Remembering the Atlanta Student Movement’s fight for desegregation

In this Oct. 19, 1960 file photo, Dr. Martin Luther King Jr. under arrest by Atlanta Police Captain R.E. Little, left rear, passes through a picket line outside Rich's Department Store, in atlanta. On King's right are Atlanta Student Movement leader Lonnie King and Spelman College student Marilyn Pryce. Holding the sign is Spelman student activist Ida Rose McCree. Following the publication of "An Appeal for Human Rights" on March 9, 1960, students at Atlanta's historically black colleges waged a nonviolent campaign of boycotts and sit-ins protesting segregation at restaurants, theaters, parks and government buildings. (AP Photo, File)

Thursday marks a pivotal moment in Atlanta’s history.  

More than 60 years ago, on Oct. 19, 1960, Dr. Martin Luther King Jr. and the Atlanta Student Movement participated in a protest to desegregate the Rich’s Department Store in downtown Atlanta.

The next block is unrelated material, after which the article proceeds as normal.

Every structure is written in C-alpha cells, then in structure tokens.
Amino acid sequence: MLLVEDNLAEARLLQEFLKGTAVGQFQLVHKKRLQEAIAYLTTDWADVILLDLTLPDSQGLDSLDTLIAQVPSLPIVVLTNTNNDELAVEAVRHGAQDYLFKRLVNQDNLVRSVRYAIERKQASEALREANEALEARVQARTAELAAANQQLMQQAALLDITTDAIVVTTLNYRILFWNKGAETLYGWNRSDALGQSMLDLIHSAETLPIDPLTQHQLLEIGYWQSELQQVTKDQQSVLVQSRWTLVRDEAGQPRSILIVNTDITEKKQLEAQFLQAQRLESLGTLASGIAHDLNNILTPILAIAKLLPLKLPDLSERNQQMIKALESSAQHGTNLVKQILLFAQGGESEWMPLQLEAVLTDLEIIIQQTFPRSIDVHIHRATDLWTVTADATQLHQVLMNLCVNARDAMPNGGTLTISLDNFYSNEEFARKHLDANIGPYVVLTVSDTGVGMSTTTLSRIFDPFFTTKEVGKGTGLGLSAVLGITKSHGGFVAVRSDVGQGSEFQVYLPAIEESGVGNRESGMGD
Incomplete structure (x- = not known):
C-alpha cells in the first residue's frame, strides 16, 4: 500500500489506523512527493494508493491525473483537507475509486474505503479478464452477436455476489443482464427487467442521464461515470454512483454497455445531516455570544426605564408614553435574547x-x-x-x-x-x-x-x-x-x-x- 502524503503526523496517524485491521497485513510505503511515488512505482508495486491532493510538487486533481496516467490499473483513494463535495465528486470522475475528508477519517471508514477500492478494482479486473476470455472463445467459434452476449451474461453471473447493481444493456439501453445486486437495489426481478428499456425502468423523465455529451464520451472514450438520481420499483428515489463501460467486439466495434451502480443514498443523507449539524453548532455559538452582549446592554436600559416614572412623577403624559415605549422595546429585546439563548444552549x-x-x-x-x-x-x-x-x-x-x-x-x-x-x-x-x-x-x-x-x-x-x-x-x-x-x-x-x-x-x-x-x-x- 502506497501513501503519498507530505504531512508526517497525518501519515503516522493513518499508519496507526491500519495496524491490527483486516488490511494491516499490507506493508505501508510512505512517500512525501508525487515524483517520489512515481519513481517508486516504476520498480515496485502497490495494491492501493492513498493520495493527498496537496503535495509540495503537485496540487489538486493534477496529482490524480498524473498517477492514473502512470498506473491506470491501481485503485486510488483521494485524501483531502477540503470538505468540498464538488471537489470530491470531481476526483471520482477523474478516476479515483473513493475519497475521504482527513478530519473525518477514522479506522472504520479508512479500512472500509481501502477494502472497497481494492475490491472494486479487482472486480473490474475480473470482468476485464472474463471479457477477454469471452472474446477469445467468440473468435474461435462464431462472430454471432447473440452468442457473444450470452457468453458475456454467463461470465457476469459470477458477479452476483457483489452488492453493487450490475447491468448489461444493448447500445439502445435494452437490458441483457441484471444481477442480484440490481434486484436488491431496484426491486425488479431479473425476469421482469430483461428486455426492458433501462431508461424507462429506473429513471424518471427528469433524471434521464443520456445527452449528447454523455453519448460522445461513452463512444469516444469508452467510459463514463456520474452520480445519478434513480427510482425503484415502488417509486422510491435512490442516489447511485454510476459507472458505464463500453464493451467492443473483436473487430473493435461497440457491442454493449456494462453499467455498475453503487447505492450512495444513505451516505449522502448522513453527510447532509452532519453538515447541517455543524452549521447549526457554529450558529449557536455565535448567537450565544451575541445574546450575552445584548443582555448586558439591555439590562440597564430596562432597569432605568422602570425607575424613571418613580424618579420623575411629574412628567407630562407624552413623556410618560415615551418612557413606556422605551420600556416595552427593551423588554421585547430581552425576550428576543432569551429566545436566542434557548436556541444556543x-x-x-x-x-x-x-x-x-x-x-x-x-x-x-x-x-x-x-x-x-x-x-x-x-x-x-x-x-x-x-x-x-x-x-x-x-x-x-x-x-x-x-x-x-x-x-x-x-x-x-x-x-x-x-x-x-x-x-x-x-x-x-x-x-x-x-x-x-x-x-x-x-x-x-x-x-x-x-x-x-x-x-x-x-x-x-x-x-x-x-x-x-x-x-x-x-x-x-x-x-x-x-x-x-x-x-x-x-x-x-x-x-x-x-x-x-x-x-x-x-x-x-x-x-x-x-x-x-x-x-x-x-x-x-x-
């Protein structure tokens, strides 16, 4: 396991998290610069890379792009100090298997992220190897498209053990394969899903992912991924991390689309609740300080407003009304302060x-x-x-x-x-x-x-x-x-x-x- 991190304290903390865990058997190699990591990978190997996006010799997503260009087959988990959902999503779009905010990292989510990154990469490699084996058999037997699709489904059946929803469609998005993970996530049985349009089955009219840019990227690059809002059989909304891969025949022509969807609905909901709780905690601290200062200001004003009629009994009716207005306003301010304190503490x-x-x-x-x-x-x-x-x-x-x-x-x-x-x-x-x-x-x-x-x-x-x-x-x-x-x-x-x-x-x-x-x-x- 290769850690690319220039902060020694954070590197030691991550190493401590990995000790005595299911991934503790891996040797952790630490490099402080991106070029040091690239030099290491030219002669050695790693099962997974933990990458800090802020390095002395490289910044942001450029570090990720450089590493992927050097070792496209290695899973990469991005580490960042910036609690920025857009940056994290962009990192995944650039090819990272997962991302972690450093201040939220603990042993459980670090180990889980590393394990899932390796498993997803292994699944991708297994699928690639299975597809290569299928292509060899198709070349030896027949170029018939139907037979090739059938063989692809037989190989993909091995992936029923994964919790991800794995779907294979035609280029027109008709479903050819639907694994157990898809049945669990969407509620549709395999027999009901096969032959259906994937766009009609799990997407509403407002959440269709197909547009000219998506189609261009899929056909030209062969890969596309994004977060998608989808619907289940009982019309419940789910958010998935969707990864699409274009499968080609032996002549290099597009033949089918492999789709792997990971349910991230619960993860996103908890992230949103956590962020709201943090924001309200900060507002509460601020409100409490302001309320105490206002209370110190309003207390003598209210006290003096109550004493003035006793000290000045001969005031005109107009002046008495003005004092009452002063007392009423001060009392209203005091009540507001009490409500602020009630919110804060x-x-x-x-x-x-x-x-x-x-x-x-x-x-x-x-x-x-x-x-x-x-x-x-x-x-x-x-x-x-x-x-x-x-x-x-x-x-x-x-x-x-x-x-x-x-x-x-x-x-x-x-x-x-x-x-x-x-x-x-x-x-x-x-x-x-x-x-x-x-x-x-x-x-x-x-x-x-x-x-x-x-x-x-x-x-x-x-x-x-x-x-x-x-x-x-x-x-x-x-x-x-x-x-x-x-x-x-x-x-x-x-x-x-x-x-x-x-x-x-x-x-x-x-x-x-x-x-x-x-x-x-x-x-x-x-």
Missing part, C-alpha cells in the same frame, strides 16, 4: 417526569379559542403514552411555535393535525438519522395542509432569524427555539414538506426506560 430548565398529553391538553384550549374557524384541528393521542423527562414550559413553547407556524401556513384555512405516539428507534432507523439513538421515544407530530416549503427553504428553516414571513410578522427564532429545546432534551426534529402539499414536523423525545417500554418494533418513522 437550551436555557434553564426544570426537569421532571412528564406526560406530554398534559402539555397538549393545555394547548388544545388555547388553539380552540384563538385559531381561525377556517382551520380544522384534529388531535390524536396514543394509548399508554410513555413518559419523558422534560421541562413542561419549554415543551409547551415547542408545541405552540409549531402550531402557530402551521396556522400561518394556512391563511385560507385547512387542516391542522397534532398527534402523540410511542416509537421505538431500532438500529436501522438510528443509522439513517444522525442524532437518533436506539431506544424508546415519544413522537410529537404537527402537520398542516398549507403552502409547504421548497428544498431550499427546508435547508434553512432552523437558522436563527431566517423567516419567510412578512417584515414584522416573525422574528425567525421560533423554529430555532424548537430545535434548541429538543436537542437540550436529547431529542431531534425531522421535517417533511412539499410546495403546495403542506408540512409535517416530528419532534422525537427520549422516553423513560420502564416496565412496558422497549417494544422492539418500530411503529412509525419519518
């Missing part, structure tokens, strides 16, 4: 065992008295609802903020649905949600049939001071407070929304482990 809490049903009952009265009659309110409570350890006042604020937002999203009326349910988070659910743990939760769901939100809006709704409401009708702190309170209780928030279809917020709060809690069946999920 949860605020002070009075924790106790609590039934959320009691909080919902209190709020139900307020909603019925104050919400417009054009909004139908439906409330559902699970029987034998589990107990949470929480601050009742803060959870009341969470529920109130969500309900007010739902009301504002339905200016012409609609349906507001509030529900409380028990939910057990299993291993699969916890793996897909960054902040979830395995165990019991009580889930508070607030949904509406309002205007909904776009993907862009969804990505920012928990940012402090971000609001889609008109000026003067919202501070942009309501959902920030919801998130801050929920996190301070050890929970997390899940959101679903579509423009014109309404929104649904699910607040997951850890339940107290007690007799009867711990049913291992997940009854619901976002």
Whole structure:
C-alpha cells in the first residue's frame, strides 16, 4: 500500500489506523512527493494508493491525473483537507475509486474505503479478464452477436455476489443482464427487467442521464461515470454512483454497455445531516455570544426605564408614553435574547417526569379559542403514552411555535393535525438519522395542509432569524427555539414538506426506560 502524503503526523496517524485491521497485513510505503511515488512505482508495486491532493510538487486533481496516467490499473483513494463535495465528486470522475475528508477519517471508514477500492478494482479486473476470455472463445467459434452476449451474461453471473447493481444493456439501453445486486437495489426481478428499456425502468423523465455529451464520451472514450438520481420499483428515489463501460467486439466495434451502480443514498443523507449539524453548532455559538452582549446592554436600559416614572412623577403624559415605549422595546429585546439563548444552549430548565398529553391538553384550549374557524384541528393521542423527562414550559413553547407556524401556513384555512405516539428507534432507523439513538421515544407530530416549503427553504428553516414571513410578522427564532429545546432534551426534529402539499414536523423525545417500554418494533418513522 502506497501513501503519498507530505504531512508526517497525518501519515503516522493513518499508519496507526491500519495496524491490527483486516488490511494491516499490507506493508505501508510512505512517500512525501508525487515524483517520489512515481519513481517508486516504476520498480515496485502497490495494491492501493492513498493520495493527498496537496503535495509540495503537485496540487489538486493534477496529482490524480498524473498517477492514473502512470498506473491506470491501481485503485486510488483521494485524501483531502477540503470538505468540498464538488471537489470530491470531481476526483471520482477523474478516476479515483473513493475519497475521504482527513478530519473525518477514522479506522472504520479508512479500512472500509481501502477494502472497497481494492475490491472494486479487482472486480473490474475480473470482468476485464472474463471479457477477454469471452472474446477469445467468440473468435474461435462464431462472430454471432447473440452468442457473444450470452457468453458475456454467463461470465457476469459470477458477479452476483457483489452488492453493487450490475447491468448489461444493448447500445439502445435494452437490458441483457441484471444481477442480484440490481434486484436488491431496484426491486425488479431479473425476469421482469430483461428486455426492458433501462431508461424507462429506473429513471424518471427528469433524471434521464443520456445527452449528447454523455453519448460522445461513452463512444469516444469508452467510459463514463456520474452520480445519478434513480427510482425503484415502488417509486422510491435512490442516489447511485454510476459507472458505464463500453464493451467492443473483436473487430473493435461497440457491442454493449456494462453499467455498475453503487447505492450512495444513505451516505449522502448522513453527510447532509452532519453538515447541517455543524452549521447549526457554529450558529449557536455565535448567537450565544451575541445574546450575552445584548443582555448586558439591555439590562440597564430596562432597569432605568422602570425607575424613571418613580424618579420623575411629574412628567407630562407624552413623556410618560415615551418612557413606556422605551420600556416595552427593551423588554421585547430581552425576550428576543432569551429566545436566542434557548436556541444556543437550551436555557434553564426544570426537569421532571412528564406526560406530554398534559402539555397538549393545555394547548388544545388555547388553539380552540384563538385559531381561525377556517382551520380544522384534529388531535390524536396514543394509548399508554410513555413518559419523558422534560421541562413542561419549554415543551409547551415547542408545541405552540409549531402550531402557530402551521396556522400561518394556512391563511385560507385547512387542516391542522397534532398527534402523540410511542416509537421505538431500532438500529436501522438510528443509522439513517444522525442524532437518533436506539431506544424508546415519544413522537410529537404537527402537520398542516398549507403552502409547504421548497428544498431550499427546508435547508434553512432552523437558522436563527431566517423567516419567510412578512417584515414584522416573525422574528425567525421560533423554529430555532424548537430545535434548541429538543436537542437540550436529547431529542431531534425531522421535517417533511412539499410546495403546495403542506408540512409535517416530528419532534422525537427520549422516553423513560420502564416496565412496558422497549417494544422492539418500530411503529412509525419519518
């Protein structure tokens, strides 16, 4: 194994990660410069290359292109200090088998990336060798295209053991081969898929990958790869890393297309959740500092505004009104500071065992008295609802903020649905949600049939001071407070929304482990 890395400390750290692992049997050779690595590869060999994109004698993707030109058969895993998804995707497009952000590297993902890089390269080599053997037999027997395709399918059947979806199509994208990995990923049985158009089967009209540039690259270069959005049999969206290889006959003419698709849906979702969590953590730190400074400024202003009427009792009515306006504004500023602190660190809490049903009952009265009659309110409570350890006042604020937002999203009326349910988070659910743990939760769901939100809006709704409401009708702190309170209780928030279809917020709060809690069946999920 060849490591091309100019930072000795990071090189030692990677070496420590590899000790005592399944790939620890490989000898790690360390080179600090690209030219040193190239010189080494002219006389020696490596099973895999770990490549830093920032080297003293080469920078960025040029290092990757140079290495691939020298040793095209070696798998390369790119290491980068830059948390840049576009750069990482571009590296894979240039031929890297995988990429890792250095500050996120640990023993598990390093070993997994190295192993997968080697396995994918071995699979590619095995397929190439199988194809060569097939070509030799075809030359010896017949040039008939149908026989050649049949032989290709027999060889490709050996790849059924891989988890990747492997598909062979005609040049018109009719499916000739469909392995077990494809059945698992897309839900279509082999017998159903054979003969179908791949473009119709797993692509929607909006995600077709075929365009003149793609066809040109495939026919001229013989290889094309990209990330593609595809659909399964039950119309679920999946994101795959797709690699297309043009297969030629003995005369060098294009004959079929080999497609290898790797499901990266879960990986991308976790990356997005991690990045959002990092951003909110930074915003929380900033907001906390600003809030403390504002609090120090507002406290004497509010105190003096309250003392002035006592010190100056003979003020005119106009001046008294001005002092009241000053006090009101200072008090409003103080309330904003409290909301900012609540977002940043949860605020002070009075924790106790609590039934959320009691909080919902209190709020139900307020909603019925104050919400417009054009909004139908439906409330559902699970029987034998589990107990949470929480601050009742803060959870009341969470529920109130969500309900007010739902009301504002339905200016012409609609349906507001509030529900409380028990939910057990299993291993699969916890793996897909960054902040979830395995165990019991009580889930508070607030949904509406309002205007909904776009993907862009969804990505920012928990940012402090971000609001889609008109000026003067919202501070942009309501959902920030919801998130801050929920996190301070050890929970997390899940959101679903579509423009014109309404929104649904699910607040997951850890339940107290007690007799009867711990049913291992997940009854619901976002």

We revisit Rose Scott’s 2018 conversation with organizer Dr. Lonnie King, Jr.  At the time of the conversation, Scott visited King at his home in southwest Atlanta. He reflects on his life and his ongoing fight for civil rights.

Click here to find Scott’s full conversation with Atlanta Student Movement members Charles Black, Morris Dillard, Dr. Lonnie King, Dr. Gwendolyn Middlebrooks, Professor Emerita of Spelman College, and Dr. Roslyn Pope.

(L-R) Atlanta Student Movement members Charles Black, Dr. Gwendolyn Middlebrooks, Dr. Roslyn Pope and Morris Dillard look back on the sit-in at Rich’s lunch counter in Atlanta.

(Emilia Brock/WABE)